Photos: Henry Wu
How did your early years define your path as a chef?
I never thought I would become a chef, but if I look back now, I can see that my mom cooked a lot and always made everything from scratch. I helped her in the kitchen, and I probably developed my taste buds during that time, even though I wasn't aware of it.
What does heritage mean to you? What elements of your Japanese heritage have you brought into your dessert?
I'm Japanese and grew up in Japan, so heritage matters to me. My dishes often don't follow Japanese tradition, but I love learning about the history of Japanese food and the rich stories around it. I also admire Japanese attitudes toward craftsmanship.
How did the idea of Oyatsuya come about? Does the name mean anything?
"Oyatsu" is a Japanese concept of daily afternoon snacks, little treats people eat around 3 pm. These snacks don't have to be fancy, and they could either be sweet or savory. I wanted to share this custom and work with seasonal ingredients. "Oyatsu-ya" means "snack shop." Sasaki, the space where I've been hosting the pop-up, is a beautiful, unique space. Originally, I've planned for something more casual, but gradually the events became more and more formal.
Where do you draw your inspiration from?
My inspiration is sometimes not related to food. For example, I'm inspired by California's landscapes and natural colors. I also love learning, so I spend a lot of time studying food and other topics. The topics often revolve around food, kitchenware, or Japanese traditions such as kintsugi, paper folding techniques, and traditional packaging, things like that. I also study a lot about Japanese traditional seasonal events and customs along with the food that is associated with those seasons. I love that we're still eating some of the same seasonal dishes as a thousand years ago, like Hanabira Mochi! My study of Japanese seasonal traditions is often reflected in my newsletters and some of the dishes I serve. Japanese tradition is always on my mind, even if OYATSUYA isn't always traditional.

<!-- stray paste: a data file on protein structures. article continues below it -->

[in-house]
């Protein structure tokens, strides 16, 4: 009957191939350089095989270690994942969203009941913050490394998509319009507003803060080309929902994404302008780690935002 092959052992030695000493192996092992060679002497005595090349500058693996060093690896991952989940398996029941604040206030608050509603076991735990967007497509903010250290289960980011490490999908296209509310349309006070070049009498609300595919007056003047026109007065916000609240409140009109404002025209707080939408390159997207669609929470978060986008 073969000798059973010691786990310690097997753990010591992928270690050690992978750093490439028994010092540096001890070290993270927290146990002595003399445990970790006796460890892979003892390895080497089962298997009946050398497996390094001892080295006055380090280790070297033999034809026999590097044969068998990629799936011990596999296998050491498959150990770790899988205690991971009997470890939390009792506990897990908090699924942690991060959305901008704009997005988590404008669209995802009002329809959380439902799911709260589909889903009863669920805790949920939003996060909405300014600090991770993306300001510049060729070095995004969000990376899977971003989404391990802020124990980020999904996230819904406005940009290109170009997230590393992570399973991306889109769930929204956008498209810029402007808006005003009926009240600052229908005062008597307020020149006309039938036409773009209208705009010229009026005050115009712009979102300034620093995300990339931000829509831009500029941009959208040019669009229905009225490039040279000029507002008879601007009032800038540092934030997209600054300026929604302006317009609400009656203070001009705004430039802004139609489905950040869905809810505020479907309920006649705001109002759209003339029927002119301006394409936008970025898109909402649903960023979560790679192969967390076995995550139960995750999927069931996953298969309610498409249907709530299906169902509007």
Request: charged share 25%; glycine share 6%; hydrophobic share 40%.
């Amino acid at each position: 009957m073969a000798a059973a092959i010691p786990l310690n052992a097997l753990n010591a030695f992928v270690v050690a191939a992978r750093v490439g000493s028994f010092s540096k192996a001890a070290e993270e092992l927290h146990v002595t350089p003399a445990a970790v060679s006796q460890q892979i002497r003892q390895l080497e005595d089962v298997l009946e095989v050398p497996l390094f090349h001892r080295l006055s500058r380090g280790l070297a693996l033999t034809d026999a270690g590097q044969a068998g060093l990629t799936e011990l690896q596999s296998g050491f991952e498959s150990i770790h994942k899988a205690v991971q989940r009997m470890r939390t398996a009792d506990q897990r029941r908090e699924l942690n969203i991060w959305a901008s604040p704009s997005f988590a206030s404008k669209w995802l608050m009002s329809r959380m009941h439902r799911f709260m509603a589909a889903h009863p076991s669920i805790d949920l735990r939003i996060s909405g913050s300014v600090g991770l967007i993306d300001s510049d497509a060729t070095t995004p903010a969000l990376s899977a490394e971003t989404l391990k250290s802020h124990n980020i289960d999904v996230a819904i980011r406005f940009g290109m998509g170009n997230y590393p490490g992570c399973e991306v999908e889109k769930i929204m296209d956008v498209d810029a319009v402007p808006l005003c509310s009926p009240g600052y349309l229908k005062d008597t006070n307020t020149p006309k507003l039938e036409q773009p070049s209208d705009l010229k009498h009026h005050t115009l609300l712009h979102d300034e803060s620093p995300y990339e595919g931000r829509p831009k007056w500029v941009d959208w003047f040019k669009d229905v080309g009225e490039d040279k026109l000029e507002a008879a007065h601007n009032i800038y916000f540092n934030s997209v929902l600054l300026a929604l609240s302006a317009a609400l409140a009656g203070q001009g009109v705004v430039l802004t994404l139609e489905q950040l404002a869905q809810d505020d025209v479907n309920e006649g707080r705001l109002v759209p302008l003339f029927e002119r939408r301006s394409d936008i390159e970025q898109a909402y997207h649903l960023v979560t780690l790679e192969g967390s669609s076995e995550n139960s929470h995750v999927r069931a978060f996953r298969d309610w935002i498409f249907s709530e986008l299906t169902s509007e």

Many chefs often try to reinvent or add new techniques to their recipes. What is your view on that?
It's always great to experience familiar things in a new way! I'm interested in tradition, but also interested in experimenting with traditional techniques and using local ingredients for Japanese sweets. One example is a popular dish we have called "Kanten Jelly" made with Sauvignon Blanc and fresh blueberries. Kanten is a very traditional Japanese sweet; it's a vegetable-based gelatin. The taste is neutral, so it's easy to combine it with new flavors. I like to try Kanten with different ingredients, and this combination is one of my summer favorites.
Has your family been an influence on your work and career?
Definitely! My mom made tasty food every day, and I learned a lot from her. I learned the pleasure and value of making things from scratch, like shaving bonito to make dashi. I still think her potato croquette was the best in the world! She also made strawberry jam at home; we never bought jam from the store. I'm also lucky that my family traveled a lot in Japan, so I got to know many regional and seasonal foods.
How do you balance out your art background and culinary mind?
I love photography and design, so I always care about how my dishes look. It's a pleasure to work with beautiful ingredients, and I'm very aware of their form, texture, and color. It's usually a combination of finding interesting plates and working with the ingredients, all of which have a distinct feel. That's my inspiration. I never imagine a form or style and then try to create a dish that looks like it. But sometimes, when I create a new dish, it reminds me of something else, like my matcha granola reminds me of forest greens.
What is your collaborative process like?
OYATSUYA is a very personal project. I do everything myself, from concept to developing recipes to preparing the food for each event. It takes a lot of time, so I haven't been doing many collaborations. I hope I can do more collaborations in the future!